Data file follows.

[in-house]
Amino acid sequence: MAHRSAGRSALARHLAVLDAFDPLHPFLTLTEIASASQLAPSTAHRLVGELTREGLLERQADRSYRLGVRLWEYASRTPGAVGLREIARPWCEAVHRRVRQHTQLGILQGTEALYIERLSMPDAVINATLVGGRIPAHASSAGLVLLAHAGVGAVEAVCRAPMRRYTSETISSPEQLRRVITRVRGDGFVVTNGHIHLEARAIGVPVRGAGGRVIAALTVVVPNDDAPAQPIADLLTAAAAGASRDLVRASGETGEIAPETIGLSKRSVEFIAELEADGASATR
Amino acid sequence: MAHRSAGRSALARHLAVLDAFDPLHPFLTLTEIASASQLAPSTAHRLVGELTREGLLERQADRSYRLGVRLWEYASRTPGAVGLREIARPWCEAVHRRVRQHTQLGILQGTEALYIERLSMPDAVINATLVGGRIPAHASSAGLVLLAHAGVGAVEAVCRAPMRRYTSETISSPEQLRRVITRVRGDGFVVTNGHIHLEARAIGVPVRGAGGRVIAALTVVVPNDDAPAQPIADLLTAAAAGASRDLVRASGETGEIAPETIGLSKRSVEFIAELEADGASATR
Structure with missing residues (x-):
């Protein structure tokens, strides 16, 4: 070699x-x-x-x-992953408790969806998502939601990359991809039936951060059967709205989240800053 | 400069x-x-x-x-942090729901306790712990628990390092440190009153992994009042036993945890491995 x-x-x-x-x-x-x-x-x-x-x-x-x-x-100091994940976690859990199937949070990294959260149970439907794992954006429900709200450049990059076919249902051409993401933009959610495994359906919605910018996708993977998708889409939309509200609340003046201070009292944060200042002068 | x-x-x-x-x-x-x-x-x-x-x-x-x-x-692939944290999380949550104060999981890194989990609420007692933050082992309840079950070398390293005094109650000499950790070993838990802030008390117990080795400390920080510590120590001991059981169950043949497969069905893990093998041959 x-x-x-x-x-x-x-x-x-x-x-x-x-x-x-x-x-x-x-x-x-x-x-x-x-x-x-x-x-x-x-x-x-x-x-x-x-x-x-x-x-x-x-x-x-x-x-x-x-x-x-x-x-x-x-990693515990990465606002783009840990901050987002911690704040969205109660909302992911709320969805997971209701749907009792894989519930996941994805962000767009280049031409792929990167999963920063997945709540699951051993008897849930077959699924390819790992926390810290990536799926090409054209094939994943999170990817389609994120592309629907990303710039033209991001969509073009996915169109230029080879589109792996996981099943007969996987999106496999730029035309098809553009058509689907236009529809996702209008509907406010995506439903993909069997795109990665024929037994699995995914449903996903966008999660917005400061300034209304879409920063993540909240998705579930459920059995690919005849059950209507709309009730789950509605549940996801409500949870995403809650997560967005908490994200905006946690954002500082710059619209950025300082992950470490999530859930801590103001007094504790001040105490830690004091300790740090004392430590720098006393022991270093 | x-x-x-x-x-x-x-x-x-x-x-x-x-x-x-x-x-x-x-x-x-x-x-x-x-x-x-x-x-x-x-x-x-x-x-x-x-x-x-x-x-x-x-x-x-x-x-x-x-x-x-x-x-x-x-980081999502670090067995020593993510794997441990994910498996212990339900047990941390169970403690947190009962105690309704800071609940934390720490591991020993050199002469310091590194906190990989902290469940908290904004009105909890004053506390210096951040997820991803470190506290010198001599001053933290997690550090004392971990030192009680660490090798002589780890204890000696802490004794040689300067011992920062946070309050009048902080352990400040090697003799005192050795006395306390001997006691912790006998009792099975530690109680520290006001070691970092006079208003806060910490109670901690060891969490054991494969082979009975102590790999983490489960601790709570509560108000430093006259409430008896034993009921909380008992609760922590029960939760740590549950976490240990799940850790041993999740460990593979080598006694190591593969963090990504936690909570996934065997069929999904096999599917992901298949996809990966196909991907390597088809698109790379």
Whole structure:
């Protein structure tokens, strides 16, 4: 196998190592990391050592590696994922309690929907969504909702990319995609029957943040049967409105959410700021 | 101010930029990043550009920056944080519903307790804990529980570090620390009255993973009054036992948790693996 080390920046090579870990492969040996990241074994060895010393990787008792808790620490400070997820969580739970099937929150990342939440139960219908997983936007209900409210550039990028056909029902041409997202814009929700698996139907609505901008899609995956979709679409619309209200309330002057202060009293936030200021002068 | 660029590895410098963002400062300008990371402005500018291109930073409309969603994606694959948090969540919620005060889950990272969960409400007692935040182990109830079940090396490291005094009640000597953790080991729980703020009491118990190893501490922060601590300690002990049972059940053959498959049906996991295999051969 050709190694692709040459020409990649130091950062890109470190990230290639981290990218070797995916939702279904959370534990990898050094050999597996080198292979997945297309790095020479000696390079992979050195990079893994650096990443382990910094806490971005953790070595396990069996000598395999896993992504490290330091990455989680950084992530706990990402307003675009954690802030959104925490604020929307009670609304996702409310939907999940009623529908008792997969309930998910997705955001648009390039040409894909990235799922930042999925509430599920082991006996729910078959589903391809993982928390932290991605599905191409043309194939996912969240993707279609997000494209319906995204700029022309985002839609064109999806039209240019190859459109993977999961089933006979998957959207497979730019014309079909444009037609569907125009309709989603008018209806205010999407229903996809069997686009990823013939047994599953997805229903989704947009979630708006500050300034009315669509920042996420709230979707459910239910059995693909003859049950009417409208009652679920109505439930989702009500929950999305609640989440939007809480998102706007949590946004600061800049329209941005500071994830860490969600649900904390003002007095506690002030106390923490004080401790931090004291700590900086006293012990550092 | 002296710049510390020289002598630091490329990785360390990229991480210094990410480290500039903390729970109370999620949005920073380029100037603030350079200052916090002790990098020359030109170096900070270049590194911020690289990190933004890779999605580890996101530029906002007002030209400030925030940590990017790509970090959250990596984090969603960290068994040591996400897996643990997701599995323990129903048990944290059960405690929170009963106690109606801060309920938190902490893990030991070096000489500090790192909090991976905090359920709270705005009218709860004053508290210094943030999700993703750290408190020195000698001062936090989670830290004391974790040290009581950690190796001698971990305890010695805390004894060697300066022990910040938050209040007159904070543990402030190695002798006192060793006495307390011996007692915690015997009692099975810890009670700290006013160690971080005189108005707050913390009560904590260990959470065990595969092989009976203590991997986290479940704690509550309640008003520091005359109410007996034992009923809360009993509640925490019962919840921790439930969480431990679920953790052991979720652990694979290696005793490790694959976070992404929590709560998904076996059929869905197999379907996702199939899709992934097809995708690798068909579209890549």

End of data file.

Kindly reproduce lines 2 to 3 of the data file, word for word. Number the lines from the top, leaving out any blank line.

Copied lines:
Amino acid sequence: MAHRSAGRSALARHLAVLDAFDPLHPFLTLTEIASASQLAPSTAHRLVGELTREGLLERQADRSYRLGVRLWEYASRTPGAVGLREIARPWCEAVHRRVRQHTQLGILQGTEALYIERLSMPDAVINATLVGGRIPAHASSAGLVLLAHAGVGAVEAVCRAPMRRYTSETISSPEQLRRVITRVRGDGFVVTNGHIHLEARAIGVPVRGAGGRVIAALTVVVPNDDAPAQPIADLLTAAAAGASRDLVRASGETGEIAPETIGLSKRSVEFIAELEADGASATR
Amino acid sequence: MAHRSAGRSALARHLAVLDAFDPLHPFLTLTEIASASQLAPSTAHRLVGELTREGLLERQADRSYRLGVRLWEYASRTPGAVGLREIARPWCEAVHRRVRQHTQLGILQGTEALYIERLSMPDAVINATLVGGRIPAHASSAGLVLLAHAGVGAVEAVCRAPMRRYTSETISSPEQLRRVITRVRGDGFVVTNGHIHLEARAIGVPVRGAGGRVIAALTVVVPNDDAPAQPIADLLTAAAAGASRDLVRASGETGEIAPETIGLSKRSVEFIAELEADGASATR